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-   -   Which distro most video capable? (http://www.linuxquestions.org/questions/linux-software-2/which-distro-most-video-capable-757330/)

olepholks 09-23-2009 02:32 PM

Which distro most video capable?
 
I've tried a dozen or so distros, settled on Mepis, does more out of the box for me, but it's light on video capability, ie: conversion avi,kp4,mpg, to dvd,or whatever, burning, creating,shrinking, quickpar, unrar, etc. so: is there one that will do all the things for me that I have been having to jump to xp to do? I know the answer is out there, 'cause some of you have used em all.
Thanks.

linuxpokernut 09-23-2009 03:24 PM

Quote:

Originally Posted by olepholks (Post 3694635)
I've tried a dozen or so distros, settled on Mepis, does more out of the box for me, but it's light on video capability, ie: conversion avi,kp4,mpg, to dvd,or whatever, burning, creating,shrinking, quickpar, unrar, etc. so: is there one that will do all the things for me that I have been having to jump to xp to do? I know the answer is out there, 'cause some of you have used em all.
Thanks.

Never used Mepis but Ubuntu will do all of that stuff for you with minimal tweaking.
Slackware also does all of that with no problems for me either, but it takes a while to resolve the dependencies. I use k9copy and DeVeDe for video conversion needs and k3b to burn whatever I create. I always run wine so i just use winrar.

The truth is ANY distro can do all of that, you just have to be willing enough to resolve any dependencies and build the packages from source.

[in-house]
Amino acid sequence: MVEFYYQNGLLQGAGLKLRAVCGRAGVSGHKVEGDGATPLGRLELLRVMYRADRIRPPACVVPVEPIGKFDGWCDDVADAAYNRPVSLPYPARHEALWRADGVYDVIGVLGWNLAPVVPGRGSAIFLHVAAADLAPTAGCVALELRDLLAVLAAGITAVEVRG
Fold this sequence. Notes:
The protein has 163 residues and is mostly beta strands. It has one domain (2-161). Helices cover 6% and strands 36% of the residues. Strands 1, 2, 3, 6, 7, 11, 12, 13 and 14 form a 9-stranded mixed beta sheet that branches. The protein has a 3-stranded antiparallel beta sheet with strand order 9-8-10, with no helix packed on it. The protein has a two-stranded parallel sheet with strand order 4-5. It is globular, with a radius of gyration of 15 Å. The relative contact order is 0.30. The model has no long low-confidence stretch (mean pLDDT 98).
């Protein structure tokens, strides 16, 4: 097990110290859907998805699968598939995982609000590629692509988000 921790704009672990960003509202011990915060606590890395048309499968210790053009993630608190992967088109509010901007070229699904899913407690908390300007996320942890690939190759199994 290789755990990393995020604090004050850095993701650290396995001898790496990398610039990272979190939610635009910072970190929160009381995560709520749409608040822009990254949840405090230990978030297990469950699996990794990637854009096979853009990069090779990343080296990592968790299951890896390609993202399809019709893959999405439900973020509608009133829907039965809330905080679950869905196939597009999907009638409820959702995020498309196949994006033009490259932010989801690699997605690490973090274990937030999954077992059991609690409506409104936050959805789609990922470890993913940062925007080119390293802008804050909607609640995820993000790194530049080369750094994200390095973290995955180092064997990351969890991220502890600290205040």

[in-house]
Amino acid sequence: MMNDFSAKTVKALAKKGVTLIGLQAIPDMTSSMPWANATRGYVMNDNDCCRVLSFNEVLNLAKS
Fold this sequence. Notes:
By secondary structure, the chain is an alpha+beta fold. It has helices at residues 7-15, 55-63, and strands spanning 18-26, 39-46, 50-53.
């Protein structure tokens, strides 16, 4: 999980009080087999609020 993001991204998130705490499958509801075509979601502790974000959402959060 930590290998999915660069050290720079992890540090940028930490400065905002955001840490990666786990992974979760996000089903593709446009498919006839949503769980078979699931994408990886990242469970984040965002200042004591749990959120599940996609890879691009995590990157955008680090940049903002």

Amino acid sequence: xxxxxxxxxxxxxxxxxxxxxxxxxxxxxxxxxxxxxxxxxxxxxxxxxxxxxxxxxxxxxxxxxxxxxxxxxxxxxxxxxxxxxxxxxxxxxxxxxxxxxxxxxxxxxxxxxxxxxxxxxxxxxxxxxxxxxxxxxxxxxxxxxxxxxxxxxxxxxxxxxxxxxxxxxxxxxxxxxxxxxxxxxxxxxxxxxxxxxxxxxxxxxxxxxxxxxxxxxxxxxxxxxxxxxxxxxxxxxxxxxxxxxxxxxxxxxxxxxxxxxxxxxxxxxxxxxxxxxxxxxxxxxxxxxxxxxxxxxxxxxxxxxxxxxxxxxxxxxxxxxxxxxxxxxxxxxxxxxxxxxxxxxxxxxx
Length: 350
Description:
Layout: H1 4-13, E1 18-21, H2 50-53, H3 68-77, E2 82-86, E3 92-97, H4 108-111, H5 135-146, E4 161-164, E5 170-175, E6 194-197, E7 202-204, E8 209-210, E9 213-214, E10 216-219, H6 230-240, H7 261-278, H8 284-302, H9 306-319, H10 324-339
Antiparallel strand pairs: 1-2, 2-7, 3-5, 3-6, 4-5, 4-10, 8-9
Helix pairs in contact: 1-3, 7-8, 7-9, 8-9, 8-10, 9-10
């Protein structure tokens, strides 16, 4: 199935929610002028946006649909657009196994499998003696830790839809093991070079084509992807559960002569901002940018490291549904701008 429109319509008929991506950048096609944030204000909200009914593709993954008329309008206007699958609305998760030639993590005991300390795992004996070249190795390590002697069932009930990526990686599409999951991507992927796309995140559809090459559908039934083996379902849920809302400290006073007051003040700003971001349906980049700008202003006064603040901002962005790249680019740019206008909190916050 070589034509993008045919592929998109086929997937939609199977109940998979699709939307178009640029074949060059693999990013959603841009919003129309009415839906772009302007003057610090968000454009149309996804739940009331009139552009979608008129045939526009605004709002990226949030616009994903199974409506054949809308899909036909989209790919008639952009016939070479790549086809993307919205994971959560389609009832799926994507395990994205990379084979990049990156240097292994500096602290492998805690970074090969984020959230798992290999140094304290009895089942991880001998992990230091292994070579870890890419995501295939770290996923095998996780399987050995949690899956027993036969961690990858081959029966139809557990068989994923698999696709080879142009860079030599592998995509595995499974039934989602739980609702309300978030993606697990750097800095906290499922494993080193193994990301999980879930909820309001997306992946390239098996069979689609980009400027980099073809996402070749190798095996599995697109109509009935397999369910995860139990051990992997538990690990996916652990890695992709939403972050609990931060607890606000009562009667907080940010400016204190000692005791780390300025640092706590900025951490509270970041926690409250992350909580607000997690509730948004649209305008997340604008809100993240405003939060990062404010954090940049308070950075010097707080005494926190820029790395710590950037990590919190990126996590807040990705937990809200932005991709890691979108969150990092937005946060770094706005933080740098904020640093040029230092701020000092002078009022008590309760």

jkzfixme 09-23-2009 03:28 PM

Ubuntu Studio is aimed at the GNU/Linux audio, video and graphic enthusiast. Nice to have everything on there by default.

Regards,
JKZfixme

David the H. 09-23-2009 03:54 PM

Most distributions are limited in what they can include by default due to patent and other "IP" issues. Many multimedia codecs, for example, are legal for individual use by end-users, but cannot be bundled into the distribution itself without paying distribution licenses (something almost impossible to do in open source). The most well-known of these being mp3 support, of course.

(A few distributions have managed to arrange agreements to distribute some of the more popular non-free codecs, but they're often considered to have "sold their souls" for having done so.)

In Debian the officially-provided versions of mplayer, ffmpeg and such have several codecs disabled, due to their guidelines on what constitutes Free Software. But for most people it's easy to use the third-party debian-multimedia.org repository to install un-crippled versions of the same tools.

I think most of the major distributions have one or more third-party sources available in this way. You just have to locate them.

olepholks 09-24-2009 12:11 PM

Quote:

Originally Posted by jkzfixme (Post 3694693)
Ubuntu Studio is aimed at the GNU/Linux audio, video and graphic enthusiast. Nice to have everything on there by default.

Regards,
JKZfixme

Thanks, but ubu is a no-go. instaled it 3 times, wormy every time. lasts about 5 minutes or less before freezing. very unfriendly. lacks a number of apps. apparently not compat w/ my hdwre. Pent D 3 gig, on Azrock Quad board, (home brew)


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